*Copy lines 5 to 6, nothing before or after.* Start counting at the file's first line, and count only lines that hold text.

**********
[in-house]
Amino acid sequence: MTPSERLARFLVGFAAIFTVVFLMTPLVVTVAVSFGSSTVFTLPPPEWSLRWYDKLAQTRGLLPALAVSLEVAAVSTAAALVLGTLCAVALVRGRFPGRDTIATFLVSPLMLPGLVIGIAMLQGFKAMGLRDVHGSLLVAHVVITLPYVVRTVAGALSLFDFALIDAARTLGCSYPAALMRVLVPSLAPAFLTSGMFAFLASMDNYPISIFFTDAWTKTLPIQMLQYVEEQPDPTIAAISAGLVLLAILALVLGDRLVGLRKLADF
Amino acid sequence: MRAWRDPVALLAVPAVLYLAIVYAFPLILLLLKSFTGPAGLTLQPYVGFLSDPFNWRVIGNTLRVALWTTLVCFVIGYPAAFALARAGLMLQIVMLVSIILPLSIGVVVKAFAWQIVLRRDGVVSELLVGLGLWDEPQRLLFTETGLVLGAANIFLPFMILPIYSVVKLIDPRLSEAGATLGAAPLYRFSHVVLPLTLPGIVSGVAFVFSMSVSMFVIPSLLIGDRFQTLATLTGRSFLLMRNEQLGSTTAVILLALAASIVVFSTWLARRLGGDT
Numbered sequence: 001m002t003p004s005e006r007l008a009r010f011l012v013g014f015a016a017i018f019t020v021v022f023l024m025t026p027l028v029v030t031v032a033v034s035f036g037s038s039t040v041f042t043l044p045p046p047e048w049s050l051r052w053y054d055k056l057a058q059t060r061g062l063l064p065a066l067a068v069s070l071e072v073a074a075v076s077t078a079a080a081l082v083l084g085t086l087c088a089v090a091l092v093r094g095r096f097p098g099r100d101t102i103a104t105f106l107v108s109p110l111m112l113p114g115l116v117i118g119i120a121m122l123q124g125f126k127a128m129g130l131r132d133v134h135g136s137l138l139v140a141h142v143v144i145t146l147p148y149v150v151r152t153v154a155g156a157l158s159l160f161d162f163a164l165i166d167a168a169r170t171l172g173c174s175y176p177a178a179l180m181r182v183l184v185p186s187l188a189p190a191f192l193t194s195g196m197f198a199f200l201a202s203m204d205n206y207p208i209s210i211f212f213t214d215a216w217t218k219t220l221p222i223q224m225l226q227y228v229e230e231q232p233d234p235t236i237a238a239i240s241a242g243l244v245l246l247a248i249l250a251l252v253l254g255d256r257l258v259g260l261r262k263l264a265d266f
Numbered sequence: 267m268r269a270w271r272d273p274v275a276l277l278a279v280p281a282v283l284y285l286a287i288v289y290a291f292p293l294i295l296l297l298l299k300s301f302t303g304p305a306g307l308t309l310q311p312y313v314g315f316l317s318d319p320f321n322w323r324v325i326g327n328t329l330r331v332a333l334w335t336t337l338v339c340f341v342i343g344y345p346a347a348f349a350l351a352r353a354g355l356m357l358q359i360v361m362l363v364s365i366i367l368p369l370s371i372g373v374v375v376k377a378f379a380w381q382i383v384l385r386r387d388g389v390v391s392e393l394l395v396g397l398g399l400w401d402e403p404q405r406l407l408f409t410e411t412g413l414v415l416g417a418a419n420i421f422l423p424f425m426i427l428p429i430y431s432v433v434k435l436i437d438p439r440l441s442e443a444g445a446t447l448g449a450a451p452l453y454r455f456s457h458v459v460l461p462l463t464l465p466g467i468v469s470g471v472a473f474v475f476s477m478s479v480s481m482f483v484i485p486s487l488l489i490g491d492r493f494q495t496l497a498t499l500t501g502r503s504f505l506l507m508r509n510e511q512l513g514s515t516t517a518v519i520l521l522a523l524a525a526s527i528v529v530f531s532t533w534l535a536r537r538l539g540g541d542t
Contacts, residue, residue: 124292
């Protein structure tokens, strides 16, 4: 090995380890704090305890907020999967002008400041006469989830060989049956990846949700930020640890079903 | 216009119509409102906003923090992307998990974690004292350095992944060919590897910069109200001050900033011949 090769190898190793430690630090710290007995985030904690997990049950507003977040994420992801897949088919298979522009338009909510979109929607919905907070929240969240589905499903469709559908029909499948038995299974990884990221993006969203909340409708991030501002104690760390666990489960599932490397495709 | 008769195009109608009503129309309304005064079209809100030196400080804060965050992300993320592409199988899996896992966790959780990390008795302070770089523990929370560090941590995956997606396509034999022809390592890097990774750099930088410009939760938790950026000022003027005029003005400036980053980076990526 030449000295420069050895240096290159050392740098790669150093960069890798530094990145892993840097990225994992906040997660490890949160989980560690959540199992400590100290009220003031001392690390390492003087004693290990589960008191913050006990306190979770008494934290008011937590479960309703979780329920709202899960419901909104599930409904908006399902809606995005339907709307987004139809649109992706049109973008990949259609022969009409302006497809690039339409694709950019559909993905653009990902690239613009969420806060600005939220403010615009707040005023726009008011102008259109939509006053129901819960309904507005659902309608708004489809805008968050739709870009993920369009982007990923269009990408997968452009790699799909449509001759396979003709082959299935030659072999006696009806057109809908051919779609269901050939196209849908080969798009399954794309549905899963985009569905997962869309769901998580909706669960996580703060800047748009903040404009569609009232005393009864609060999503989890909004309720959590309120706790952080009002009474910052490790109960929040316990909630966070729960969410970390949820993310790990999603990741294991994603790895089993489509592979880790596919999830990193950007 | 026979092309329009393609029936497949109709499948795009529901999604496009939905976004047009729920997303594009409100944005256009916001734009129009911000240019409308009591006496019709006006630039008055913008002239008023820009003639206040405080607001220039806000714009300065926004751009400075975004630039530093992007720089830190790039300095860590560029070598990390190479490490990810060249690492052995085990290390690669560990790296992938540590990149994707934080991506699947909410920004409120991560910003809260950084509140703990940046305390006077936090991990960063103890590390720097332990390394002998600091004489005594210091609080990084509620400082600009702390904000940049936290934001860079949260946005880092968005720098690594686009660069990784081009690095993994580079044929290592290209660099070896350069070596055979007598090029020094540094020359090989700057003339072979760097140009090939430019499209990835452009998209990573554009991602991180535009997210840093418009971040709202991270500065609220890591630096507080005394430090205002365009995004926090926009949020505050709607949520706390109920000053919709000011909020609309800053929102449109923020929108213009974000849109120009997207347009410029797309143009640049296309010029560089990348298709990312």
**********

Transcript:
Numbered sequence: 267m268r269a270w271r272d273p274v275a276l277l278a279v280p281a282v283l284y285l286a287i288v289y290a291f292p293l294i295l296l297l298l299k300s301f302t303g304p305a306g307l308t309l310q311p312y313v314g315f316l317s318d319p320f321n322w323r324v325i326g327n328t329l330r331v332a333l334w335t336t337l338v339c340f341v342i343g344y345p346a347a348f349a350l351a352r353a354g355l356m357l358q359i360v361m362l363v364s365i366i367l368p369l370s371i372g373v374v375v376k377a378f379a380w381q382i383v384l385r386r387d388g389v390v391s392e393l394l395v396g397l398g399l400w401d402e403p404q405r406l407l408f409t410e411t412g413l414v415l416g417a418a419n420i421f422l423p424f425m426i427l428p429i430y431s432v433v434k435l436i437d438p439r440l441s442e443a444g445a446t447l448g449a450a451p452l453y454r455f456s457h458v459v460l461p462l463t464l465p466g467i468v469s470g471v472a473f474v475f476s477m478s479v480s481m482f483v484i485p486s487l488l489i490g491d492r493f494q495t496l497a498t499l500t501g502r503s504f505l506l507m508r509n510e511q512l513g514s515t516t517a518v519i520l521l522a523l524a525a526s527i528v529v530f531s532t533w534l535a536r537r538l539g540g541d542t
Contacts, residue, residue: 124292